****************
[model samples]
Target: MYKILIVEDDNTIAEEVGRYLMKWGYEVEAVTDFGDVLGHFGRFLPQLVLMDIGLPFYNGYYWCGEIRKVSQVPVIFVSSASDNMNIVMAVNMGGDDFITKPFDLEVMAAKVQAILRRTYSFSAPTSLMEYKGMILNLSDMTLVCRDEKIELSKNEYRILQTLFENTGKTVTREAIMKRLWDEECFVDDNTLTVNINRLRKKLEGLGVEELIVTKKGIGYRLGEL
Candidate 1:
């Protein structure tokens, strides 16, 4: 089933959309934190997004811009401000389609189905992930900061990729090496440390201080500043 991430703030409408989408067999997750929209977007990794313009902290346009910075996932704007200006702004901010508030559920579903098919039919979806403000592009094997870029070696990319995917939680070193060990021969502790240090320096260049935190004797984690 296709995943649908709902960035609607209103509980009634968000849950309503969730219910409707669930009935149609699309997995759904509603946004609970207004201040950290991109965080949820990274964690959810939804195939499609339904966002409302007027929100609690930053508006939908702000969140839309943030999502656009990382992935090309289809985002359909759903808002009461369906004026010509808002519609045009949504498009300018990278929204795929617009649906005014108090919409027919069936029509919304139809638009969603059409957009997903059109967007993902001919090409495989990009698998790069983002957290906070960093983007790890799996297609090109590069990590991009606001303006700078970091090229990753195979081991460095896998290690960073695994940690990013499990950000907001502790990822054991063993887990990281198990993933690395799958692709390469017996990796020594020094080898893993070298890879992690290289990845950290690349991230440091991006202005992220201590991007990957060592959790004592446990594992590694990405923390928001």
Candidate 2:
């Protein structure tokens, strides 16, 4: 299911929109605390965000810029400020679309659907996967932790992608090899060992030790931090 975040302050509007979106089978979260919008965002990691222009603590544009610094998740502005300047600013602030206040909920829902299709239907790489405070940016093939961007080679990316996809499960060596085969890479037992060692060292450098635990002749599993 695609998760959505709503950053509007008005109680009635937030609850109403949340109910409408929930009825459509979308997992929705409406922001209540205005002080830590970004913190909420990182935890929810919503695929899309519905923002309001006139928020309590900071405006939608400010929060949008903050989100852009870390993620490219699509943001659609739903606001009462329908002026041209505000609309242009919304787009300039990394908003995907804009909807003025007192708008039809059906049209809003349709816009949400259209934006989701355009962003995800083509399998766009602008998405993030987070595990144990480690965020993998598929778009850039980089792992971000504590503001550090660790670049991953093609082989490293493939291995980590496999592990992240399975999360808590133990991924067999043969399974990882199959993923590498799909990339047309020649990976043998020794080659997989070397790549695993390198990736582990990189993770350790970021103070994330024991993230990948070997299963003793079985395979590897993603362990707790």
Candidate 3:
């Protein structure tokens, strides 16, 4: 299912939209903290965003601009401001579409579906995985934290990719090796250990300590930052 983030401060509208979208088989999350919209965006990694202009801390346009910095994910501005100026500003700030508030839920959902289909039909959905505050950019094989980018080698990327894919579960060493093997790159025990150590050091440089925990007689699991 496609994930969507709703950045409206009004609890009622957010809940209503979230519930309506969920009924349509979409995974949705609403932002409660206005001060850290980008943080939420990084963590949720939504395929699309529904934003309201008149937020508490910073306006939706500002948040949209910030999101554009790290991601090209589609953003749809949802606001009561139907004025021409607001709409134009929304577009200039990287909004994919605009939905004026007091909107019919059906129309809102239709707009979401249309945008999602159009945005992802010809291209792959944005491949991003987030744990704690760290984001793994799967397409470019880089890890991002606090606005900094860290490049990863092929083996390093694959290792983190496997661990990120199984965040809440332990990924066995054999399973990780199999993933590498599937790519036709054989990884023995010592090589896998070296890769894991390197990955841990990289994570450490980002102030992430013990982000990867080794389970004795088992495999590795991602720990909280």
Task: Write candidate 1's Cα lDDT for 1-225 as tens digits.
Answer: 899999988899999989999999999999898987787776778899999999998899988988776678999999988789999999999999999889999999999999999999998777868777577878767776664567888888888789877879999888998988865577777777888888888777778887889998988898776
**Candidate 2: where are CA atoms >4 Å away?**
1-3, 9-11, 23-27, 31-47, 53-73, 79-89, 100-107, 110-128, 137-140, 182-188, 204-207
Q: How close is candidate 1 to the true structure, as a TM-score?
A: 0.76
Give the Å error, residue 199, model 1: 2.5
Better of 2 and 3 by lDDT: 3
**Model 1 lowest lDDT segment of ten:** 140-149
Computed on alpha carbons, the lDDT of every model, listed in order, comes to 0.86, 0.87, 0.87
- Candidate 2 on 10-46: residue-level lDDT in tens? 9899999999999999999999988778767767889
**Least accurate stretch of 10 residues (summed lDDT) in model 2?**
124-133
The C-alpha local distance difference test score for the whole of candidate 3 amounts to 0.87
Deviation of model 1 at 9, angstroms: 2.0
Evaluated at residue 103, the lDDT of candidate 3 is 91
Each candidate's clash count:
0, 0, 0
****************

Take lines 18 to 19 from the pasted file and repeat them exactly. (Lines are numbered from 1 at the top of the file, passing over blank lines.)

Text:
Computed on alpha carbons, the lDDT of every model, listed in order, comes to 0.86, 0.87, 0.87
- Candidate 2 on 10-46: residue-level lDDT in tens? 9899999999999999999999988778767767889